Fitness, gym culture, and dieting are all gradually becoming increasingly similar to symptoms of eating disorders. While physical fitness is necessary for a healthy, high-quality life, “gym bros” and fitness content creators may be unintentionally suffering from or glorifying eating disorders.
There is nothing inherently wrong with having fitness goals and routines. Maintaining a proper diet, implementing a balanced exercise schedule, and generally taking care of your body are undoubtedly good for you. But what happens when these are taken to the extreme?
When considering your body goals when you’re organizing your exercise and diet routines, you should ask yourself why you want to achieve this goal: Is it to feel better? To better your physical and mental health? Or is it to impress others? The reason behind your goal can reveal a lot about your self-image and esteem.
Today, gym culture is, for the most part, centered around achieving a body type that is slimmer, more muscular, and more toned. Some might argue that they want this body type so they can feel more confident in their appearance. While there is nothing wrong with wanting to feel self-confident, exercising and dieting to achieve a certain look can damage your mental health and oftentimes suggests an underlying self-esteem problem.
Achieving a certain body type does not guarantee self-confidence. In fact, those who practice self-acceptance oftentimes have better results; to feel confident in your looks, you have to practice accepting your body as it exists now. Without acceptance, if you achieve your body goals, you may end up shifting your focus onto “fixing” another aspect of your appearance.
Dismissing judgment upon yourself for your “before” photos allows you to focus your energy on loving your body and exercising because you love your body, not because you hate it.
You can’t exercise or diet your way into self-love. Comparing yourself to online fitness gurus is damaging; your body does not function the same way as someone else’s, and your results may not be the same as someone else’s. Constant comparisons can lead to judgment, low self-esteem, feelings of failure, and, in extreme cases, eating disorders.
Regarding dieting, while eating well is not a sign of an eating disorder, consistent focus on your eating habits can be detrimental to both your mental and physical health. Counting calories can increase stress, which can have the opposite effect that you’re desiring. High stress levels are correlated with bigger appetites for sugary and fatty foods, and even worse, high and unmanaged stress levels can negatively impact your digestive system.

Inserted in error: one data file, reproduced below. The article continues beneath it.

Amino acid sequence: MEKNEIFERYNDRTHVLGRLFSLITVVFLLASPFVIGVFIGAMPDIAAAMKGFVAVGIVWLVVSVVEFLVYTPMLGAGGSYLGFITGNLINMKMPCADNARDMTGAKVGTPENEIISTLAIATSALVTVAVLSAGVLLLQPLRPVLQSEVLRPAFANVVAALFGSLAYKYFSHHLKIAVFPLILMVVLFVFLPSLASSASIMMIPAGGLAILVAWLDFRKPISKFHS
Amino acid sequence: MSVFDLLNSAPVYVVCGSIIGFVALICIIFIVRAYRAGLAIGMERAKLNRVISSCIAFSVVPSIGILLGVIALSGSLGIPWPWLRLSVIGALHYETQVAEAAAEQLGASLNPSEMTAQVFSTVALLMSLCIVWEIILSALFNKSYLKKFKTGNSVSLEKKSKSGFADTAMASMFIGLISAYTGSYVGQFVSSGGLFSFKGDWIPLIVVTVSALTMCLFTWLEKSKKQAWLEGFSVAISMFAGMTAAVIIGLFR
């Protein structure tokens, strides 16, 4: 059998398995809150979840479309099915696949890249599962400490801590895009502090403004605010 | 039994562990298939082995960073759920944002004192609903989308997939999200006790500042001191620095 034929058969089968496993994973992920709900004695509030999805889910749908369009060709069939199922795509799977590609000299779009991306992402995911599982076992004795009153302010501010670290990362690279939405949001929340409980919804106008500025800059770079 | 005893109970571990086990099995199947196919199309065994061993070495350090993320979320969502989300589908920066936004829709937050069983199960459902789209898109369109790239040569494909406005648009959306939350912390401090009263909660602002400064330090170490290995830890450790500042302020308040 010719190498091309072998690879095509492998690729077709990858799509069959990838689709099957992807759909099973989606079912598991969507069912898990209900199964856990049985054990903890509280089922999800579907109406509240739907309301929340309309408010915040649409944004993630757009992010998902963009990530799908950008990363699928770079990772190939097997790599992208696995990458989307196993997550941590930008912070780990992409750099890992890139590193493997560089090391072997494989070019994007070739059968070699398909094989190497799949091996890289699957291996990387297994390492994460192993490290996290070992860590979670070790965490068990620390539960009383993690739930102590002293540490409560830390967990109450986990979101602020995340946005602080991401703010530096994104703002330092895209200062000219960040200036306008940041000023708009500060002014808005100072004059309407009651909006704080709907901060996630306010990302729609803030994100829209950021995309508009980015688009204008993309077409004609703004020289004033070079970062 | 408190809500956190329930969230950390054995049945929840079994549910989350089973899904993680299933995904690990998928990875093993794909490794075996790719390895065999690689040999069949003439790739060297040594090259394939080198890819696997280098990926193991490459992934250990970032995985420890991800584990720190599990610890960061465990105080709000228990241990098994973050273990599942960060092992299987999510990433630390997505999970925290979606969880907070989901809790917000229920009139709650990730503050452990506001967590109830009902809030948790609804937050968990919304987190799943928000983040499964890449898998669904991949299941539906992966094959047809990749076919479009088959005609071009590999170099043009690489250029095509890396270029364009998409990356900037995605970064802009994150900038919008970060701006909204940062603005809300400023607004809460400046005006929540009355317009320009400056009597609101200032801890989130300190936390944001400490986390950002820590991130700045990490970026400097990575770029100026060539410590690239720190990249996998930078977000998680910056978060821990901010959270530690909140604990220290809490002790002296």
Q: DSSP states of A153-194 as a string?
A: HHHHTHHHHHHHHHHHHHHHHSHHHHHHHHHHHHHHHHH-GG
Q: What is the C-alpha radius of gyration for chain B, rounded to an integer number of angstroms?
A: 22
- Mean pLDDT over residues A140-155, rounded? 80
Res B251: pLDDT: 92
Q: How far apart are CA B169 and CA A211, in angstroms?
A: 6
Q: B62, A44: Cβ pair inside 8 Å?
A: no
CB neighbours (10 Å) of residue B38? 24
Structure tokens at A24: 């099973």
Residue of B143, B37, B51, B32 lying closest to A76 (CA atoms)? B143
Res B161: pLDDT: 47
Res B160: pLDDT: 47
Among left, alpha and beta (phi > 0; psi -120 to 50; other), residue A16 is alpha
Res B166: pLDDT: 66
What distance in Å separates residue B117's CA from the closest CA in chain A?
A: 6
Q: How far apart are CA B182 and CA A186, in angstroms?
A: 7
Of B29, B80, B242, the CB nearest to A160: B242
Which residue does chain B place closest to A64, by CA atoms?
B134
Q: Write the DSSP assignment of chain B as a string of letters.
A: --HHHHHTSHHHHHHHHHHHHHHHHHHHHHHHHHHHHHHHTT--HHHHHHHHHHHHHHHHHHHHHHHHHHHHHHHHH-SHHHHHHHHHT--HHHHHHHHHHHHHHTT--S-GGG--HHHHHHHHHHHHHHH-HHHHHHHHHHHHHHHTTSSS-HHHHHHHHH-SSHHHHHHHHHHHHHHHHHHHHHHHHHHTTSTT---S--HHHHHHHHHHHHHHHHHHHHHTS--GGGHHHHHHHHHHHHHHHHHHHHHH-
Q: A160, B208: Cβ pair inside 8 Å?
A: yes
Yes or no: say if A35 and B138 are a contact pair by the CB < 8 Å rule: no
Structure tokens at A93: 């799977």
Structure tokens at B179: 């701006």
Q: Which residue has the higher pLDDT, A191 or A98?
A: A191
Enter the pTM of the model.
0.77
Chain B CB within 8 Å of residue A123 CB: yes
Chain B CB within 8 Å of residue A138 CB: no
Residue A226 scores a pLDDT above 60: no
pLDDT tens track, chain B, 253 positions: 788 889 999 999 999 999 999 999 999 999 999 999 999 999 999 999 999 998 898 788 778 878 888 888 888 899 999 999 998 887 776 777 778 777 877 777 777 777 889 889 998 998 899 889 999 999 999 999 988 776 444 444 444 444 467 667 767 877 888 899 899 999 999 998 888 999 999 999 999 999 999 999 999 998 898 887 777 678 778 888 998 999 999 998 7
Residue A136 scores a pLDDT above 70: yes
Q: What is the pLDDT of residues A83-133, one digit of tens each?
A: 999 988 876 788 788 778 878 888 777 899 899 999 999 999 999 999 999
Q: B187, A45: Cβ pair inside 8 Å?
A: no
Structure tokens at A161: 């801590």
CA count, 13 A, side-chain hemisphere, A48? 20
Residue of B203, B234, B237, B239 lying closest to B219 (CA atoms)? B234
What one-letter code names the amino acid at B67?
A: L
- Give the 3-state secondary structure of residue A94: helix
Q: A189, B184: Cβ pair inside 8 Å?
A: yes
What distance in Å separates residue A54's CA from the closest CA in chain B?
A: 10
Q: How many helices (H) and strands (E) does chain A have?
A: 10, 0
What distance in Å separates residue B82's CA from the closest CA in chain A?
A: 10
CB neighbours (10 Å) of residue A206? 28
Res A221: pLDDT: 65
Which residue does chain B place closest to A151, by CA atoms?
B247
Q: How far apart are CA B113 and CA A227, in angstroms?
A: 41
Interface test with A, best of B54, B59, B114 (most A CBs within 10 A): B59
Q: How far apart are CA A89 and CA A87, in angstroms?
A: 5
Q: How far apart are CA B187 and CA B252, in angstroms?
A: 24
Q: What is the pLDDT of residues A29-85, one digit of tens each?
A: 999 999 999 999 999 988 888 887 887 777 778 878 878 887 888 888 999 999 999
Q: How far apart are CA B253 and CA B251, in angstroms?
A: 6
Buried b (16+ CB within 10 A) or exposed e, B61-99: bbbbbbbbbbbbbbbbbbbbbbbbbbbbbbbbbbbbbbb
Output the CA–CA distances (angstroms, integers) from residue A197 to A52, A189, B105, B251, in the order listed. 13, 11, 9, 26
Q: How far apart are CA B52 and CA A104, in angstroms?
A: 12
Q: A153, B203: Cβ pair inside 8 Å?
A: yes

Calorie-counting apps, like MyPlate, MyFitnessPal, or Noom, force users to become preoccupied with labels and numbers, and those who use these apps are at higher risk for developing eating disorders like anorexia.
Anorexia is characterized by restricting your daily caloric intake for the purpose of losing weight. On these apps, if you go above your daily calorie limit, you’re often shown a red bar or some other graphic that is associated with making a mistake or being punished. To ensure that you don’t exceed your limit and to avoid feelings of guilt, you might resort to skipping meals or compulsively checking labels.
An example of going to the gym in a more body-positive way is telling yourself that you’re not going so you can come out looking a certain way, but that you want to work out for your own health; however you end up looking should be accepted and celebrated. At the end of the day, taking care of yourself solely for the sake of taking care of yourself is most important.
Instead of skipping meals or swearing off sweets, remind yourself that your body needs food to function, and that eating sweets every so often is not bad. This helps you develop a healthy relationship with food rather than seeing some foods as potential dangers to your appearance.
You should exercise and eat healthily because you love your body and want to take care of it. Your body is here to protect you and keep you alive, not to be constantly Instagram-worthy or “desirable.” Everyone’s bodies are different, but that is not a bad thing. We all deserve to feel beautiful and accepted, no matter our size or body type.